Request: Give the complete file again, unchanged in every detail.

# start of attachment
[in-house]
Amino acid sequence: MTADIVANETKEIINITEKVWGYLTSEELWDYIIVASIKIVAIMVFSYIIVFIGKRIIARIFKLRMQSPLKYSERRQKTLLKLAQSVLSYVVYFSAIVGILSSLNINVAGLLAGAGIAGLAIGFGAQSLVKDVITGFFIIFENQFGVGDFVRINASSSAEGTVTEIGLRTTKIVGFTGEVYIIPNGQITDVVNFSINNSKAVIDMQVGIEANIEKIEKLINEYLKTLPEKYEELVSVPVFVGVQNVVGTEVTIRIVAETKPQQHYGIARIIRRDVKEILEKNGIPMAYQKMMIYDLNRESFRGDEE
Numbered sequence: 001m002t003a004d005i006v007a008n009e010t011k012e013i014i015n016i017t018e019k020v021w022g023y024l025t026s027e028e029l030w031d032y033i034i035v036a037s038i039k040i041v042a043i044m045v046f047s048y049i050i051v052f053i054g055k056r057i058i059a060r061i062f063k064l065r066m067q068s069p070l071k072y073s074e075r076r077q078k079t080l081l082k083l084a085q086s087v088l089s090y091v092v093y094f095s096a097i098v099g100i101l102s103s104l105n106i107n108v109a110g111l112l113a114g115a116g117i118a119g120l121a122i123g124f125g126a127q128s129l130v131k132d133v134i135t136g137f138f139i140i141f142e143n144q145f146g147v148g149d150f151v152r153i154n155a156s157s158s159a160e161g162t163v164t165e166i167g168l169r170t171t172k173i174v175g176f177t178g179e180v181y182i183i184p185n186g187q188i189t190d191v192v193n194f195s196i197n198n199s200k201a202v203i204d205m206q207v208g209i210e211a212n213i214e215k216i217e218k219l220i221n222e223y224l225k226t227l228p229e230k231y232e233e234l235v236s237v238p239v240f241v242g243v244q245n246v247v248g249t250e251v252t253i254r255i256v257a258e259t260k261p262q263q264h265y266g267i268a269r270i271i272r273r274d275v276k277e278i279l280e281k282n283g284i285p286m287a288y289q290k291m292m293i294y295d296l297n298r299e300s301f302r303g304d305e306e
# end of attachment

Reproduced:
[in-house]
Amino acid sequence: MTADIVANETKEIINITEKVWGYLTSEELWDYIIVASIKIVAIMVFSYIIVFIGKRIIARIFKLRMQSPLKYSERRQKTLLKLAQSVLSYVVYFSAIVGILSSLNINVAGLLAGAGIAGLAIGFGAQSLVKDVITGFFIIFENQFGVGDFVRINASSSAEGTVTEIGLRTTKIVGFTGEVYIIPNGQITDVVNFSINNSKAVIDMQVGIEANIEKIEKLINEYLKTLPEKYEELVSVPVFVGVQNVVGTEVTIRIVAETKPQQHYGIARIIRRDVKEILEKNGIPMAYQKMMIYDLNRESFRGDEE
Numbered sequence: 001m002t003a004d005i006v007a008n009e010t011k012e013i014i015n016i017t018e019k020v021w022g023y024l025t026s027e028e029l030w031d032y033i034i035v036a037s038i039k040i041v042a043i044m045v046f047s048y049i050i051v052f053i054g055k056r057i058i059a060r061i062f063k064l065r066m067q068s069p070l071k072y073s074e075r076r077q078k079t080l081l082k083l084a085q086s087v088l089s090y091v092v093y094f095s096a097i098v099g100i101l102s103s104l105n106i107n108v109a110g111l112l113a114g115a116g117i118a119g120l121a122i123g124f125g126a127q128s129l130v131k132d133v134i135t136g137f138f139i140i141f142e143n144q145f146g147v148g149d150f151v152r153i154n155a156s157s158s159a160e161g162t163v164t165e166i167g168l169r170t171t172k173i174v175g176f177t178g179e180v181y182i183i184p185n186g187q188i189t190d191v192v193n194f195s196i197n198n199s200k201a202v203i204d205m206q207v208g209i210e211a212n213i214e215k216i217e218k219l220i221n222e223y224l225k226t227l228p229e230k231y232e233e234l235v236s237v238p239v240f241v242g243v244q245n246v247v248g249t250e251v252t253i254r255i256v257a258e259t260k261p262q263q264h265y266g267i268a269r270i271i272r273r274d275v276k277e278i279l280e281k282n283g284i285p286m287a288y289q290k291m292m293i294y295d296l297n298r299e300s301f302r303g304d305e306e